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The Doctors Of The Warsaw Ghetto

It goes without saying that the Nazis had no interest whatsoever in the well-being and health of the captive Jewish inhabitants of the Warsaw ghetto. But because they feared that diseases and epidemics might spread beyond it and endanger German personnel and afflict the general Polish population, they provided a bare modicum of assistance to Jewish hospitals, health services, doctors, nurses and pharmacists.

Innumerable books have been written about the Holocaust in Poland, but precious few have dealt with this important but overlooked issue. Maria Ciesielska’s The Doctors of the Warsaw Ghetto (Academic Studies Press) examines it in voluminous detail from the moment the ghetto was established in November 1940 until it was destroyed during the uprising in April 1943.

“She writes of physicians, nurses and pharmacists who did what they could to sustain a medical system under conditions the Germans designed to methodically kill them and their patients, one step at a time,” Michael Berenbaum writes in the foreword. “Healthcare professionals, many of them leaders in their respective fields, worked under conditions of deliberate deprivation. Proper medical supplies were incredibly scarce. The populations they were serving were starving and living under horrifying conditions. Food was inadequate, sanitation was primitive, water was scarce, and treating patients was challenging, to say the least.”

The Germans announced the creation of the ghetto on October 12, 1940, just a year after the Wehrmacht invaded and occupied Poland in a blitzkrieg that cost the lives of 66,000 Polish soldiers, among whom were 7,000 Jews.

From that date forward, every Jew in the city was required to move into the ghetto, which was established in Muranow, Warsaw’s Jewish quarter. When the ghetto was sealed off on November 16, 1940, approximately 450,000 people were crammed into an area of about 3.3 square kilometers. On average, six to seven people lived in one room in a typical apartment.

“It was terrible even when epidemics were not ravaging the population,” says Ciesielska, a Polish doctor. “Starvation and deprivation ruled. It was a living nightmare even for those older residents who had stayed in their own apartments, now packed with relatives and strangers.”

Upwards of one thousand doctors lived and worked in the ghetto. Prior to World War II,  they had been employed in hospitals and clinics or were self-employed in private practices.

By Ciesielska’s estimate, 56 percent of doctors in Poland in 1931 were Jewish, notwithstanding efforts by right-wing Polish nationalists to impose a numerus clausus on Jews seeking entry into medical schools. Jozef Pilsudski, Poland’s ruler until his death in 1935, opposed such restrictions, but his adversaries fought for them and insisted that Jewish medical students should be granted access only to Jewish cadavers.

Due to this palpable climate of racism and discrimination, a number of Jewish doctors grew disconsolate and desperate and converted to Christianity.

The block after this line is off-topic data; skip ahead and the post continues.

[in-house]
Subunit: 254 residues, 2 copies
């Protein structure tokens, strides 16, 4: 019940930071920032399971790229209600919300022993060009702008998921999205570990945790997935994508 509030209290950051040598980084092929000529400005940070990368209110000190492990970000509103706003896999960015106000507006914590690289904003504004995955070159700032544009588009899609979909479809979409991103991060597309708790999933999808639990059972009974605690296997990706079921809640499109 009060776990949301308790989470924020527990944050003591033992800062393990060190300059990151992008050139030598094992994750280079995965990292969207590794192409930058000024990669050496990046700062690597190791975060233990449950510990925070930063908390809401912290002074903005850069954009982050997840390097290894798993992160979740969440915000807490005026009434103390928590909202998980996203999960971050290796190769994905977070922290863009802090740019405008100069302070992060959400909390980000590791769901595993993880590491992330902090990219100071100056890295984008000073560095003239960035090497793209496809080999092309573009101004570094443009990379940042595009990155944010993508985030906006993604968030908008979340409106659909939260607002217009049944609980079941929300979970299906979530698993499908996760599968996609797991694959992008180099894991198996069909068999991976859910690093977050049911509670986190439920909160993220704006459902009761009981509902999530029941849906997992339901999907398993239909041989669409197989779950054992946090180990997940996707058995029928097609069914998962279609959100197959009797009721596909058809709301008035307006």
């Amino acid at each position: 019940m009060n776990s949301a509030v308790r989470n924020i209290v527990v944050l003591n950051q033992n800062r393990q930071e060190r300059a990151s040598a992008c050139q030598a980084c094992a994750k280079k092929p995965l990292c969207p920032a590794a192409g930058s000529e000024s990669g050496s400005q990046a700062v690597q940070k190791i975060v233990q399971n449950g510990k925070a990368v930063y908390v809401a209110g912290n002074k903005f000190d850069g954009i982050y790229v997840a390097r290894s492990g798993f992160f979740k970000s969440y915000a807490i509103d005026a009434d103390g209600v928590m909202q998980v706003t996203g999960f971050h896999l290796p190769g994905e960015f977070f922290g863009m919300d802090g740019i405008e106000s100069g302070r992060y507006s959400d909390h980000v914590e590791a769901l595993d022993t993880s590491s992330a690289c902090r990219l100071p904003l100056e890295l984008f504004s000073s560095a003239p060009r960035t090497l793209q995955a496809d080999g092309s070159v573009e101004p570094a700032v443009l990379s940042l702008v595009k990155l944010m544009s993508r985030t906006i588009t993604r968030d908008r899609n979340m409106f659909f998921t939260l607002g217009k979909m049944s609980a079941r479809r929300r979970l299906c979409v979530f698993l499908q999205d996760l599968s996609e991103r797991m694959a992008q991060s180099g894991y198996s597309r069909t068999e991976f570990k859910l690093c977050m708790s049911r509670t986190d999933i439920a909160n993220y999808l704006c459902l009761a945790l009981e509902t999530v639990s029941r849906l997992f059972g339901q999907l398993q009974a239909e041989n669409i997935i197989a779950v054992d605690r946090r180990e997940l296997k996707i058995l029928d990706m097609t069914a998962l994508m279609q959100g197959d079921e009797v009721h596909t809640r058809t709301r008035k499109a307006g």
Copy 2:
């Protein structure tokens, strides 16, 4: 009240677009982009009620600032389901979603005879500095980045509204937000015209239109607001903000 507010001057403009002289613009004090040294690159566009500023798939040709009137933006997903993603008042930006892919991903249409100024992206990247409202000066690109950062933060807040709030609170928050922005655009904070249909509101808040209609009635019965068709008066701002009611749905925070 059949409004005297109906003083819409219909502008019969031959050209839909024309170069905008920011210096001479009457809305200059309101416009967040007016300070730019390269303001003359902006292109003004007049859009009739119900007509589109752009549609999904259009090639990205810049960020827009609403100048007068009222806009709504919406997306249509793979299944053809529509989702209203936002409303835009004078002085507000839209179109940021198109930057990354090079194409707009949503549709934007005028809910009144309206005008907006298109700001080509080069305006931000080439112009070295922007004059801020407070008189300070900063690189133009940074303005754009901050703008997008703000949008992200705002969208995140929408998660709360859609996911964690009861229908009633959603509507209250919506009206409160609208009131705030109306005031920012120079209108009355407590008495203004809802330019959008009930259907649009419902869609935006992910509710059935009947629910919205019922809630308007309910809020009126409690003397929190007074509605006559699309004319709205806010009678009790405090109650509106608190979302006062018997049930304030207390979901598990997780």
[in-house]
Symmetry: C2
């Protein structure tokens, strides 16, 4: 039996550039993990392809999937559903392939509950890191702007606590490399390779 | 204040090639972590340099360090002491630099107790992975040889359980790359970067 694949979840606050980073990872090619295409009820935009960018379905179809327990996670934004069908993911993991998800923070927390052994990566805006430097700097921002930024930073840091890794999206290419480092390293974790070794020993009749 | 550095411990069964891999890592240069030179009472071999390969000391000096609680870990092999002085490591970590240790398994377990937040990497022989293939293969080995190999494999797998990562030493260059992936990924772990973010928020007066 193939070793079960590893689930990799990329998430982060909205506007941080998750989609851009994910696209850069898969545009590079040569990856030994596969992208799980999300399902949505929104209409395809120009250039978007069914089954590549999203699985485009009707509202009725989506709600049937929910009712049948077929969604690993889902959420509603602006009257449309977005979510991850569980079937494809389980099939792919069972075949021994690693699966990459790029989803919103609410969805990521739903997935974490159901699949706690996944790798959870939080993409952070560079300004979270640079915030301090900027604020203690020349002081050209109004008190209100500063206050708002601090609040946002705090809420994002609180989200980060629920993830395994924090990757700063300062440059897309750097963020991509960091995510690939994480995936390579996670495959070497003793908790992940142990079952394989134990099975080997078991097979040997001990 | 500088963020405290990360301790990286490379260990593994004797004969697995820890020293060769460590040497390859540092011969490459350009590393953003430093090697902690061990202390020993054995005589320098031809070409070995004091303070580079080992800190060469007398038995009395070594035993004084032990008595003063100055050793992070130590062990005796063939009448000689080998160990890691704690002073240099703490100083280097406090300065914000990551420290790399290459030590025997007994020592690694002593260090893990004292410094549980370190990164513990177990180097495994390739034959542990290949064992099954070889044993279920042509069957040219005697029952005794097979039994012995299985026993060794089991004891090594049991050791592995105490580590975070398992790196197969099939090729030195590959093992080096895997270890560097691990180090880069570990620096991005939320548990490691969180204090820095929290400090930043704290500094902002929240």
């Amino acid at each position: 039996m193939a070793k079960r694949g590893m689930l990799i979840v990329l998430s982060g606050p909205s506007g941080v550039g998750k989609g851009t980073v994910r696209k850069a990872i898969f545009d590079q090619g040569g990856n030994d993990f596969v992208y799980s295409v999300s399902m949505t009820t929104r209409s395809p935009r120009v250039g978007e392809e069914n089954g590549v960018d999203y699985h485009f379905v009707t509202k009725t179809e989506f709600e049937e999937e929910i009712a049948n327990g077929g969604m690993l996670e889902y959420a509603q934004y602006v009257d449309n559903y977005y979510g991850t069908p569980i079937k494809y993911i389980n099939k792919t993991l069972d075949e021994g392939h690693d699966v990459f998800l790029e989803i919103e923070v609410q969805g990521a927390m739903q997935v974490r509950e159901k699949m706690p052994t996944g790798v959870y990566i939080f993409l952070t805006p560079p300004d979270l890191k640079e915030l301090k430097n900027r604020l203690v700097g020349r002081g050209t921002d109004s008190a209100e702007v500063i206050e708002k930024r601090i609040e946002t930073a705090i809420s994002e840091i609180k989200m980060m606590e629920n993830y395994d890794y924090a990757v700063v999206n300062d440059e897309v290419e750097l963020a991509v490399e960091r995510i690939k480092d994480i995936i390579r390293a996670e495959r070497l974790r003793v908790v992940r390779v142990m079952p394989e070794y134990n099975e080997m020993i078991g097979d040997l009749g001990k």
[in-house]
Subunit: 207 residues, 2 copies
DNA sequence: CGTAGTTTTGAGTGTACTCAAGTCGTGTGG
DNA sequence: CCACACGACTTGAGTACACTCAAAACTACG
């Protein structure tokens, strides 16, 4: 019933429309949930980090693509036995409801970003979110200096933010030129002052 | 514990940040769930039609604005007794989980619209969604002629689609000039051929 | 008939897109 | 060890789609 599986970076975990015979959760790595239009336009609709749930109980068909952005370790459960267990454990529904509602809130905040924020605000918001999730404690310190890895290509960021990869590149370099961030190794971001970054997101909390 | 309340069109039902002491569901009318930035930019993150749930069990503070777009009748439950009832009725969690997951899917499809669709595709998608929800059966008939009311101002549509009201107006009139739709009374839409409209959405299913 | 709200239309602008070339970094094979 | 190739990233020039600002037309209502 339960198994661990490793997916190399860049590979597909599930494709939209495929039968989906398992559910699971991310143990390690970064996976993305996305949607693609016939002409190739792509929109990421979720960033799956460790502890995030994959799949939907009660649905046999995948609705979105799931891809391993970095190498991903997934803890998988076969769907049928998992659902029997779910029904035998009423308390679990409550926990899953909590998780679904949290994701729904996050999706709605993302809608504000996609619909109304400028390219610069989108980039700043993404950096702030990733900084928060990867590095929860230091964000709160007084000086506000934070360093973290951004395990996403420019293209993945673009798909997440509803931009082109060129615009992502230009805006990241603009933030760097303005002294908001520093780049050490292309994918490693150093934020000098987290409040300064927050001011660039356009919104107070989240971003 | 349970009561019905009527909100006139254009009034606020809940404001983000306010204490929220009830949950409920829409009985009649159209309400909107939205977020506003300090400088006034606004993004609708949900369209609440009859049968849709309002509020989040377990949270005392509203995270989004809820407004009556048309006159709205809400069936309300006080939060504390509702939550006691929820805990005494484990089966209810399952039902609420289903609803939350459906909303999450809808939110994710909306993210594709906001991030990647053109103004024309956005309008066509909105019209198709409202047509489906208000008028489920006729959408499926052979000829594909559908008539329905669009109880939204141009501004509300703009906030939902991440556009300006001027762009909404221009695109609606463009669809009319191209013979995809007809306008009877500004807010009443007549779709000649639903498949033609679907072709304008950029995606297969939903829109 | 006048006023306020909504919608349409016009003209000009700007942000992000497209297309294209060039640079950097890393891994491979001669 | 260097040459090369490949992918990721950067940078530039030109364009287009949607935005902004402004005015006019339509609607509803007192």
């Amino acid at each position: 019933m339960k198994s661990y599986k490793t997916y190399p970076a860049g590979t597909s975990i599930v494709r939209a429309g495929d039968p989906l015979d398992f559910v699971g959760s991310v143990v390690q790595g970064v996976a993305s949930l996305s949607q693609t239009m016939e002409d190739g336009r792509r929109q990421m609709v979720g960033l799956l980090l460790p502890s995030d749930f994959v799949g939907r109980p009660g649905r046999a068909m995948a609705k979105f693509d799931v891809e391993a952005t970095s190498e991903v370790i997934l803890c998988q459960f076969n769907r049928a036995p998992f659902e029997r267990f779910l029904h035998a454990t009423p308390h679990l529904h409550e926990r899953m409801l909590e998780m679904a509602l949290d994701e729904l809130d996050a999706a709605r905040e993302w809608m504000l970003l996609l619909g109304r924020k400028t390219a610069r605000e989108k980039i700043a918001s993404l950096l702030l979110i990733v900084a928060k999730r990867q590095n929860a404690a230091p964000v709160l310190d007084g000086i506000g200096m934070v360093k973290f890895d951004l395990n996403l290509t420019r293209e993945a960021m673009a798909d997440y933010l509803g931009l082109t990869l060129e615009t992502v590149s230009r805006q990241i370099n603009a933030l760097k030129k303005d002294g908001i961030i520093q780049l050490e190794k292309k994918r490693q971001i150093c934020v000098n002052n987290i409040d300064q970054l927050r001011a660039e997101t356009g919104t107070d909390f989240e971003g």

With the German occupation of Poland, Jewish doctors and nurses were ordered to leave non-Jewish institutions immediately, Jewish patients were evicted from hospitals, and Jews lost their right to health care.

Jewish pharmacists were forbidden to manage their own shops and were ordered to dismiss Christian employees. In another punitive move, the Germans imposed a 15 percent tariff on all pharmaceuticals. Persistent shortages of medications and bandages led to the creation of a black market.

The massive deportations of 1942, during which more than 200,000 Jews were sent to the Treblinka extermination camp, ultimately affected Jewish medical personnel. When Dr. Stanislaw Markusfeld, a dermatologist and expert in venereal diseases, learned that he and his wife would be deported, they committed suicide by jumping from the fourth floor of a building.

Surviving doctors and nurses continued working as best they could, but healthcare in the ghetto ended with the uprising, which was brutally suppressed by the Germans.

Still other doctors left the ghetto to hide on the Aryan side. Citing a few examples, Ciesielska claims that many Christian doctors tried to help their Jewish colleagues. She lists the names of 42 such physicians who were honored as Righteous Gentiles by Yad Vashem, the Holocaust museum/research center in Jerusalem.

She estimates that 42 percent of Jews in the medical professions perished during the Nazi occupation. Among them were Dawid Amsterdamski, the head physician at the surgical department of Cyst Hospital; Lejba Leon Blacher, an internist who was killed in Treblinka; Anna Chana Riwka Braude-Heller, a pediatrician who died during the ghetto uprising, and Mojzesz Grojsblat, an internist who worked at the Genia Street hospital.

Some of the survivors continued working in Poland after the war. Zdzislaw Askanas was a professor of medicine at Warsaw University. Adina Blady-Szwajger, who took part in the 1944 uprising in Warsaw, was a pediatrician in Lodz.

Ludwig Hirszfeld, an immunologist who had been head of the medical council in Warsaw’s Judenrat, was appointed dean of the Wroclaw University’s medical faculty.

Still others, such as David Wdowinski, a specialist in nervous ailments who participated in the ghetto uprising, left Poland altogether.

They were the fortunate ones who managed to live through the horror and terror of the Holocaust.

About the Author
Sheldon Kirshner is a journalist in Toronto. He writes at his online journal, SheldonKirshner.com
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